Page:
The University’s Classic Players will bring one of the most famous plays, by one of the most famous playwrights, to Rodeheaver Auditorium starting Wednesday.

Shakespeare’s Macbeth, a dark tale of unscrupulous ambition and its consequences, should both frighten and entertain the audience.

There will be performances at 8 p.m. on Wednesday, May 1, and at 2 p.m. and 8 p.m. on Thursday, May 3, of the ‘Scottish Play,’ as Macbeth is frequently called in theatrical circles.

Macbeth begins the play as a war hero praised by many people, including King Duncan of Scotland. But he quickly becomes consumed by ambition, goaded on by the prophecy given to him by witches, predicting he will one day be king.

He leaves a river of blood in his wake that will eventually drown him at the hands of Macduff, one of the few good characters in the play, who eventually avenges the ravages of Macbeth upon the kingdom.

“The rest of the play is really about whether what [the witches] say comes true because they say it or if it’s simply a suggestion they put in his mind and he tries to make that happen,” director Mr. Ron Pyle said.

“I don’t think he gave a lot of thought to the potential of ever being king [in the beginning],” said staff member Mr. Philip Eoute, who plays Macbeth. “But when the witches mention it, he immediately starts thinking pretty violent thoughts.”

Pyle calls the play a cautionary tale because it shows the results of yielding to temptation and the consequences that have to be paid.

“I believe it expresses an important point that scripture agrees with — sin destroys, and the way in which it destroys is not immediate,” he said. “There’s a long period of just deterioration from the inside out.”

In addition to the witches and his own greed, Macbeth experiences a good deal of influence from his wife, Lady Macbeth, played by Mrs. Shawn MacDonald, a faculty member in the Division of Communication.

In some ways Lady Macbeth is even more extreme in her ambition than her husband, and she drives him to commit his most bloody deeds. But she shows tenderness a few times in stark contrast to her usual coldness.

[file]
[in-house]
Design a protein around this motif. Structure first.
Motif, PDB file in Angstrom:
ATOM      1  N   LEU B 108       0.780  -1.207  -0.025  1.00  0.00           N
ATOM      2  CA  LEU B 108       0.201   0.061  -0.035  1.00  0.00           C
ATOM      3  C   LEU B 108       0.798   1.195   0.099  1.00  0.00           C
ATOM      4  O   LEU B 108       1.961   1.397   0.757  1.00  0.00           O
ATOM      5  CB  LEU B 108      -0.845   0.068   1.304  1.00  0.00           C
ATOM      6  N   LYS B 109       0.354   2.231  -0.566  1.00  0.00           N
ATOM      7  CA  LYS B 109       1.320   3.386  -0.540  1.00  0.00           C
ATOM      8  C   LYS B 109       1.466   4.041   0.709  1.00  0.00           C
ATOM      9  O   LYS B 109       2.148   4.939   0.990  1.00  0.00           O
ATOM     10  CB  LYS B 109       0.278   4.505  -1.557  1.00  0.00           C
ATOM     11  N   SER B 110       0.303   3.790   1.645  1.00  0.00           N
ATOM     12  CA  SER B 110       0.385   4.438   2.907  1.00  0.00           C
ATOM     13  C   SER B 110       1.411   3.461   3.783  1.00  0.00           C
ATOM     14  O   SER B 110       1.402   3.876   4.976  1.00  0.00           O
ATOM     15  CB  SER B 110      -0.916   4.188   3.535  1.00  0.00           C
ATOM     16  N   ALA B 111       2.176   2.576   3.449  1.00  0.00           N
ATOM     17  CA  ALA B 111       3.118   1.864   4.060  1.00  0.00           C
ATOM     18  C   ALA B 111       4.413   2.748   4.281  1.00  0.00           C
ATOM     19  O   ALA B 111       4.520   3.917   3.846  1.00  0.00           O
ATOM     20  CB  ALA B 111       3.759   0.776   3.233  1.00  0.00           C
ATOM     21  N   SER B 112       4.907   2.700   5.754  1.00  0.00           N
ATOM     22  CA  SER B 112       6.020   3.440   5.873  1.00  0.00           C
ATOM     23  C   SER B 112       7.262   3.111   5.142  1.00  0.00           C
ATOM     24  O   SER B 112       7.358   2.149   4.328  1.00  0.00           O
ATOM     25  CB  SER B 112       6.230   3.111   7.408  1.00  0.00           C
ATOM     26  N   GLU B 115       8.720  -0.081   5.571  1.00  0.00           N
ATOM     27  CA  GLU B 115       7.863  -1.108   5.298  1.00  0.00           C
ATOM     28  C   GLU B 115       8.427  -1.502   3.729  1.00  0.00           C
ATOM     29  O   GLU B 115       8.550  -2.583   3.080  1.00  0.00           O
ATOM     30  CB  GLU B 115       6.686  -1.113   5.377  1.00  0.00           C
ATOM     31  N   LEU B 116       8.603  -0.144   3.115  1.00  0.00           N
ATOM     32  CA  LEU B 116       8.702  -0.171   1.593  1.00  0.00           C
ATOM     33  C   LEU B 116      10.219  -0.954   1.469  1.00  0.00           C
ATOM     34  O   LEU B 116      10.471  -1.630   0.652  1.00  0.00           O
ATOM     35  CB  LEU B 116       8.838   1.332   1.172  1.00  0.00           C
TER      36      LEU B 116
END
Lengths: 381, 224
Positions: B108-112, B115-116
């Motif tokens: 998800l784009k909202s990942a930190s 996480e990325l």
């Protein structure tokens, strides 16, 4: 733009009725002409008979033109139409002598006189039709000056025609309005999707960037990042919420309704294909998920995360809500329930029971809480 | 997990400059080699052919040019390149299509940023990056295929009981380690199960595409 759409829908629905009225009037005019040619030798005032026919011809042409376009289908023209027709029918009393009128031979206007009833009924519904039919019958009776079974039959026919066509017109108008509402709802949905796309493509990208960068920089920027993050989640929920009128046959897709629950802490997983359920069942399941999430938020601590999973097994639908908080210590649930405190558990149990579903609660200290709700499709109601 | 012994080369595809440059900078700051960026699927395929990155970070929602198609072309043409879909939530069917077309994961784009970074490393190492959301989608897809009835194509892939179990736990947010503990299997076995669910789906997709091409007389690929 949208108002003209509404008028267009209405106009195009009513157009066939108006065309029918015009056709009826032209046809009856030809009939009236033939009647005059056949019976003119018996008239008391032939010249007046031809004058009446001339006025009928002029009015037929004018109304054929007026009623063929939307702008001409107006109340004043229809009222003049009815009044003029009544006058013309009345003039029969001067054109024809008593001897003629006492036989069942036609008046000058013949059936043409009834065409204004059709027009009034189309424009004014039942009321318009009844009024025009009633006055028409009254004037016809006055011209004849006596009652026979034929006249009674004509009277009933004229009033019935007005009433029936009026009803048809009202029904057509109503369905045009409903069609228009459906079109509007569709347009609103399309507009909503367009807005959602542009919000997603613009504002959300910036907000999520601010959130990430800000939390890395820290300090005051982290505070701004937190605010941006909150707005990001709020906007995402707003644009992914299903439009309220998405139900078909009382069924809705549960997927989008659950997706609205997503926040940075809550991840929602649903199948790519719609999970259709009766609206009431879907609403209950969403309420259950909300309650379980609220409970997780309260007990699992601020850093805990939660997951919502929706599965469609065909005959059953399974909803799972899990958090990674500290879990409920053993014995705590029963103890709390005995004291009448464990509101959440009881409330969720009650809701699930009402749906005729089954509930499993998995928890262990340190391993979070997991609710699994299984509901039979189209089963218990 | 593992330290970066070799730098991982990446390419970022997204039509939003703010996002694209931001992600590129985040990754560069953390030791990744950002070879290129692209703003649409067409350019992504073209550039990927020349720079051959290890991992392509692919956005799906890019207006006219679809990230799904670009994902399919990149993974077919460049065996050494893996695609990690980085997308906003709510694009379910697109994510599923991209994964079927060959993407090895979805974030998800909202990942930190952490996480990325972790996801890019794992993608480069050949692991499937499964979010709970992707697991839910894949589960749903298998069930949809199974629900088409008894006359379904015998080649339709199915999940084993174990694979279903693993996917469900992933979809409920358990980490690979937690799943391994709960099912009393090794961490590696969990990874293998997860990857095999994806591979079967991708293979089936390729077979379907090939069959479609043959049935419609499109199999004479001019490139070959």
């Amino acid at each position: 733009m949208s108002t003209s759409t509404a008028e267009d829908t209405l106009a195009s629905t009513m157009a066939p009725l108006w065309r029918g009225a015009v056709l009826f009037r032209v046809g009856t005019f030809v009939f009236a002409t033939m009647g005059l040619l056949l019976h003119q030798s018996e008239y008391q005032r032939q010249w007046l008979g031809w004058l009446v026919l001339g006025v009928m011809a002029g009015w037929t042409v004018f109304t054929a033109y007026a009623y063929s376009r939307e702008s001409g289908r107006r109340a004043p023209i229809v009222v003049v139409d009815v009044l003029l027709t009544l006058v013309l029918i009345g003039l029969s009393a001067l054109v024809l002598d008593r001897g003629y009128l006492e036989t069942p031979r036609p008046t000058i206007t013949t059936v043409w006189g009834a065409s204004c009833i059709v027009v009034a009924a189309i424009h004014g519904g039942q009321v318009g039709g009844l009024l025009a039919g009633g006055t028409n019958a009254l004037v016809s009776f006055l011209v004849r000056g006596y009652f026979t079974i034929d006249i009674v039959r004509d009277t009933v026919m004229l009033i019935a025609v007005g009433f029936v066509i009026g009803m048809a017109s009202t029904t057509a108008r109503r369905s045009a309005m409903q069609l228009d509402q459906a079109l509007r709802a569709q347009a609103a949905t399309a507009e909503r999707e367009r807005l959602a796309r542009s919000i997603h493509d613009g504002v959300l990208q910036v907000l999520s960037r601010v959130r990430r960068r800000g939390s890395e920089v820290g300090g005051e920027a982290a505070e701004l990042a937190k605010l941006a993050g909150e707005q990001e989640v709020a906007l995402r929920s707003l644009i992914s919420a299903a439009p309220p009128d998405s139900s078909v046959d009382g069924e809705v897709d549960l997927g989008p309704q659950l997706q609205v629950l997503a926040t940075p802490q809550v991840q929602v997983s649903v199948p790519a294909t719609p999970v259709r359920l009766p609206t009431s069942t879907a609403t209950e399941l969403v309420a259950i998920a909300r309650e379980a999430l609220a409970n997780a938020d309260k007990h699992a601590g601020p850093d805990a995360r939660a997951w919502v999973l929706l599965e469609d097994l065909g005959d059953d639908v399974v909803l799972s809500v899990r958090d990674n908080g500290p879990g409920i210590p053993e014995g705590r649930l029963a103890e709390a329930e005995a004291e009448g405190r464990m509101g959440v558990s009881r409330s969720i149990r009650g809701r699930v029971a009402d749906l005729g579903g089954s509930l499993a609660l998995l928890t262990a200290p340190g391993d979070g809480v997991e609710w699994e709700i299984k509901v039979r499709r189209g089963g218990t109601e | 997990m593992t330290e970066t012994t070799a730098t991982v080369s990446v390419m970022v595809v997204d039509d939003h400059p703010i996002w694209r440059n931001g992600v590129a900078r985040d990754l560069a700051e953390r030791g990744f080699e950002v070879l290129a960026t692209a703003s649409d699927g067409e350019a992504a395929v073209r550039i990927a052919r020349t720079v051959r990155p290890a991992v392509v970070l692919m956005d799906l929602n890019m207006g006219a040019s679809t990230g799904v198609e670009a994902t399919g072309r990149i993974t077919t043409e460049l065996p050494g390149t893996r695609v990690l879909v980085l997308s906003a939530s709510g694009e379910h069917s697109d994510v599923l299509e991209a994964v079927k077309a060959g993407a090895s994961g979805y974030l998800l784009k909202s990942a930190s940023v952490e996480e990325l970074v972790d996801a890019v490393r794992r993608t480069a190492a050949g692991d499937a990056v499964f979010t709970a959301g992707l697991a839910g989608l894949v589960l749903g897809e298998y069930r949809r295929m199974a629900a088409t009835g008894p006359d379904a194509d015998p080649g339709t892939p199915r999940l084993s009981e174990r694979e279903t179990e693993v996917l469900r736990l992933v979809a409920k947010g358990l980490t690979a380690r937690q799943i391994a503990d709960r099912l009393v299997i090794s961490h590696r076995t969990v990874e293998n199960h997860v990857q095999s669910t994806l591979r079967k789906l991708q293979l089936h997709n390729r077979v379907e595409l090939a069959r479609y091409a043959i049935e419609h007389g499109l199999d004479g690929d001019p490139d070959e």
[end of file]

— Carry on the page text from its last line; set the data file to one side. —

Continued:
“She’s complex,” MacDonald said. “She sees an opportunity for her husband to be great, and she will stop at nothing for that to happen. She loves him very much, which is weird, because they’re capable of murder but also capable of loving one another.”

The witches play a central role in the story. Pyle said they’ve been working to make them believable and avoid seeming cliché.

Senior performance studies major Meg Jones, who plays the head witch, explained they want to show the witches possessed with the power they channel in order for them to be completely believable.

Jones said the role has challenged her in performing with such odd behavior on stage. “[The witches] do some pretty ridiculous things,” she said. “I’ve learned you have to be one hundred percent when you’re in the role.” She said if an actor starts worrying about looking stupid, it shows in the acting.

Between the sword fighting scenes, witches’ magic, special lighting and projections, the play should be very visually stimulating.

“It has a lot of really cool, exciting moments in it that are just really good theatre,” Pyle said. “I think students will enjoy it.”

MacDonald hopes the performance will entertain but still communicate the cautionary theme of temptation and greed. “I think that people will walk away from it [saying], ‘Wow, I’m really entertained,’ and ‘Wow, I want to stay as far away from that as possible.’”